Kaitlin Broderick LCPC

For the majority of people, our childhood and how we were raised have a direct impact on our relationship with money as adults. Beliefs about money that we learned in childhood such as “there is never enough” or “you need to value everything you own” can follow us into adulthood and can induce feelings of guilt about throwing things out that we no longer have use for. 

What some people don’t realize is that money and spending habits aren’t just a matter of how practical or responsible you are, but can tie into deeper emotional issues. Issues such as shame, guilt, and envy can tie into our spending habits. For example, do you shop more when feeling lonely or sad? Do you have shame about not paying back creditors or loans which leads you into even more avoidant behavior that worsens the problem? Are you buying expensive products because of a feeling of lack and insecurity thinking buying more things of value will increase your value as a person? Explore this and be clear on what emotions and feelings you tie into spending and money. 

The following are some tips for saving that can help you learn to develop a healthier relationship with money. 

Practice delaying gratification. 

If you are still thinking about something two or three days later you can always go back and get it. This can lead to a decrease in buyer’s remorse where you buy something immediately and in the moment which you then later regret or never end up using. 

Think about your long term goals. 

Maybe you are saving up for buying a home or taking a big vacation. Ask yourself, why do I want to buy this? Is it in alignment with my goals? Will buying this push me back further from achieving my goals?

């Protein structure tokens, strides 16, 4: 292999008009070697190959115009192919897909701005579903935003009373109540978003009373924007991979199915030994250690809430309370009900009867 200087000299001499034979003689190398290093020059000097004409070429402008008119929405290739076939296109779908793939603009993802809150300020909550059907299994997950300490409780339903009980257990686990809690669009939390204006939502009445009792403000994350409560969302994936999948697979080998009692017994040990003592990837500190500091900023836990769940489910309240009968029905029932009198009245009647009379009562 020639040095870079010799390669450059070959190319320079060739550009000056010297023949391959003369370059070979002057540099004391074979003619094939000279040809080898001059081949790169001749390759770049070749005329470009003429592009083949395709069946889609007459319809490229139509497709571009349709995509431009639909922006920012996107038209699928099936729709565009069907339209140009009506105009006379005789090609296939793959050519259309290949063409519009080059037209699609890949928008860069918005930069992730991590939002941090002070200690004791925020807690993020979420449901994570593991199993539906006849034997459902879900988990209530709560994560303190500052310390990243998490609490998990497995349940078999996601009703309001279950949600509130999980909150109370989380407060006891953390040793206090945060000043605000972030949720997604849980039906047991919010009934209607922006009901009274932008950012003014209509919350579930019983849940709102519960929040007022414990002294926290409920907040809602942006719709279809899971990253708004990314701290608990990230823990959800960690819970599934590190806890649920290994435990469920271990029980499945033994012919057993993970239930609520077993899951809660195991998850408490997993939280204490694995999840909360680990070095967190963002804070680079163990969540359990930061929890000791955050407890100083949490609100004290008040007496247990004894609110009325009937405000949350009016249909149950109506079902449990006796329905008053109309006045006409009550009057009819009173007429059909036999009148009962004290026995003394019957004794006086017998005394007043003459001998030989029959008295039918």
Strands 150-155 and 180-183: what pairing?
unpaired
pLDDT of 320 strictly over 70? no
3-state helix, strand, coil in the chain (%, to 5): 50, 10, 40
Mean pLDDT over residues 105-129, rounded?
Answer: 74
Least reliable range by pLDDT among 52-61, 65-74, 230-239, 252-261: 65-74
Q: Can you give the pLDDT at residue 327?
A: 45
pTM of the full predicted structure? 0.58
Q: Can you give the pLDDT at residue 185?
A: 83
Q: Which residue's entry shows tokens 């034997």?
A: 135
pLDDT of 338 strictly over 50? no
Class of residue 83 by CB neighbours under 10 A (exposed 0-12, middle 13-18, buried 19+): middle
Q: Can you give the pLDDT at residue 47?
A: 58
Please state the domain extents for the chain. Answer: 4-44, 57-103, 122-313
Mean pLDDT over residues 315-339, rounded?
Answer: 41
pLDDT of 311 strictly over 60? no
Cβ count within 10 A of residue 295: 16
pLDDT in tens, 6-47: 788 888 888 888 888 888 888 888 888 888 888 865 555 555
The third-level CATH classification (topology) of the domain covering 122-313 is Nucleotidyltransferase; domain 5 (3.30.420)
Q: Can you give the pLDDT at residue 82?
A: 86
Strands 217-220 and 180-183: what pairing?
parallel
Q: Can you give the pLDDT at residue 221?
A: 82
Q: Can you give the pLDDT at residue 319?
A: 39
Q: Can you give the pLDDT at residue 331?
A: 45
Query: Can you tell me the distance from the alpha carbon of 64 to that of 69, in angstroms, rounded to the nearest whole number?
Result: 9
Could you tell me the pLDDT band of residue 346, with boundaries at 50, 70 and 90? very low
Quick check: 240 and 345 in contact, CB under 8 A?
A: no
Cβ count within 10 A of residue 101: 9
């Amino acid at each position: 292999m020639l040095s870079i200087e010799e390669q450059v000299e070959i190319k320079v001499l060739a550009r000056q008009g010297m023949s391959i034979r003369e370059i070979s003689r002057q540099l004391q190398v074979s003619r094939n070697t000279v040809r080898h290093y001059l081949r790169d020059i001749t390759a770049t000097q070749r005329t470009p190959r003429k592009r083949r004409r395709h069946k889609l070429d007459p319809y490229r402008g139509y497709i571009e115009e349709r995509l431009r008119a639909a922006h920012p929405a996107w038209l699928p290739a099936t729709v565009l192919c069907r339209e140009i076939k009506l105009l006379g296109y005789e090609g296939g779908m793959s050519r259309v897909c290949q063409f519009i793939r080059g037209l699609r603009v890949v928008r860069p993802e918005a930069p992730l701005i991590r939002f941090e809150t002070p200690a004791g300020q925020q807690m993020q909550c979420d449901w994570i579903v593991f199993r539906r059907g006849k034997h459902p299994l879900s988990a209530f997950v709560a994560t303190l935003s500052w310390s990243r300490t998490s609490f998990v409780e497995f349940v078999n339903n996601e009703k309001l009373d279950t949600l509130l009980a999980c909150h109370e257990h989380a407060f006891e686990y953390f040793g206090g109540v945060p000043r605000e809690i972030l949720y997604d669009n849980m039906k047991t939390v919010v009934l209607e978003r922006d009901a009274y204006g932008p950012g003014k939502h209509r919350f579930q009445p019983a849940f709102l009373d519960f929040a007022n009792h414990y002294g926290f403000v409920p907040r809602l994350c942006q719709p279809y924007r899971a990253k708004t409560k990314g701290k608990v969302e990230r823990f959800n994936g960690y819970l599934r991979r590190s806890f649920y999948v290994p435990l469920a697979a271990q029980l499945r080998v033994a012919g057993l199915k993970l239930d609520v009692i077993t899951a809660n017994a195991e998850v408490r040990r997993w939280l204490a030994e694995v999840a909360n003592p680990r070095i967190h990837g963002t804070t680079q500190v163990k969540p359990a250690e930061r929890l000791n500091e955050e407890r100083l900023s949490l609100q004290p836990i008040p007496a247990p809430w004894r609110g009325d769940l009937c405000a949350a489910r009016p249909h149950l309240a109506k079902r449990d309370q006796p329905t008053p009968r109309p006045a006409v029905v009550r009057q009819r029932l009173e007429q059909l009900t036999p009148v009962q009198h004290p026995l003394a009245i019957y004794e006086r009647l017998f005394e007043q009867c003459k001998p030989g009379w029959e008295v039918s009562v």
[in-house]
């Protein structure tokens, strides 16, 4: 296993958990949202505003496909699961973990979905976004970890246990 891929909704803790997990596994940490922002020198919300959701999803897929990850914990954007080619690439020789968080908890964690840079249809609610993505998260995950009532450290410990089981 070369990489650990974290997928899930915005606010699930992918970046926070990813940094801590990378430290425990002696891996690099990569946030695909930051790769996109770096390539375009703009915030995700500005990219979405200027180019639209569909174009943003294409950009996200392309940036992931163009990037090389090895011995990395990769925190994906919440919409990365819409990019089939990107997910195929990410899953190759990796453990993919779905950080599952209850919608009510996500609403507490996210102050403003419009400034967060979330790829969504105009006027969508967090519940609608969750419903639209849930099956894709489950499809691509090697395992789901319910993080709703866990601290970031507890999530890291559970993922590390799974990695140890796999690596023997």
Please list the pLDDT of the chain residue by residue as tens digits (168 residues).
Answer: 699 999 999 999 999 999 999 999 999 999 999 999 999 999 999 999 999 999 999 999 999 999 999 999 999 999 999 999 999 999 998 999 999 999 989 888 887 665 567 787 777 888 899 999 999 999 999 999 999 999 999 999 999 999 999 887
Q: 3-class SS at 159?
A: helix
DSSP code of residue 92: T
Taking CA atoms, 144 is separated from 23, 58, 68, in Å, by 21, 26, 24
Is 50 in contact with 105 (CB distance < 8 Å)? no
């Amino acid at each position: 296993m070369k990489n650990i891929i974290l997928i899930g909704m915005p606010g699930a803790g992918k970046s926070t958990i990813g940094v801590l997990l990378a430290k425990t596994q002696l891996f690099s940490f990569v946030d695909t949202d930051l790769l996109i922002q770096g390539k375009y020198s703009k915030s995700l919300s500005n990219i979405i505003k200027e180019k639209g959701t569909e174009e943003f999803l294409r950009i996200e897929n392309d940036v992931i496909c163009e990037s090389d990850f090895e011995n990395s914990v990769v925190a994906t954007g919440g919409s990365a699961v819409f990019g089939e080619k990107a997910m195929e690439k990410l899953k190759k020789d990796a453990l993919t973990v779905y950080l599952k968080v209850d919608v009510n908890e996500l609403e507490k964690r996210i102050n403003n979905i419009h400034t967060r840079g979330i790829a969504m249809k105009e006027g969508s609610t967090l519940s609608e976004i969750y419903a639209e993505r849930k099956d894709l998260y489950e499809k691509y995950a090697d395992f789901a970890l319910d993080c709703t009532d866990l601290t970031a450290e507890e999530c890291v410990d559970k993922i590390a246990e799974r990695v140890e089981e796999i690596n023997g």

Look for Patterns

Notice patterns with your saving and spending habits and how they coincide with your emotions. Do you purchase more when you’re feeling stressed? Maybe you purchase more when you’re feeling excited. You can even write down habits you notice which can be an eye-opening experience. Once you become aware of a pattern you have, it can make it easier to break it. 

Pay attention to your justifications around money. 

Maybe you tell yourself, this is the last one left and so, therefore, I need it. Or maybe you justify by saying that you will be making more money later or you can save more at some other time in the future. Maybe you tell yourself that since something is on sale you need to get it. 

Be open and honest with your friends and loved ones. 

If you are trying to save and not spend so much money on things you don’t value, tell your friends this. This doesn’t mean that you don‘t get to see your friends. If your friends are always inviting you to fancy dinners and you are wanting to cook more and eat at home, suggest an alternative such as going for a walk or going for coffee. 

Be aware that oftentimes the more you buy, the more you want. 

Spending money can bring a rush of excitement and increase dopamine temporarily. This dopamine hit can make you want more and like any addict looking for a fix, it can lead to more and more spending. 

Try to stop comparing yourself to everyone else. 

Even if your friends are all buying homes, this doesn’t mean you need to as well. Prioritize what is important to you. It can feel empowering to take control of your finances and spend money or save money for what you value.

If you would like to talk to a professional counselor about your spending habits, contact Symmetry Counseling to learn more about financial therapy in Chicago. Our skilled counselors are here to you help you. Schedule your appointment today.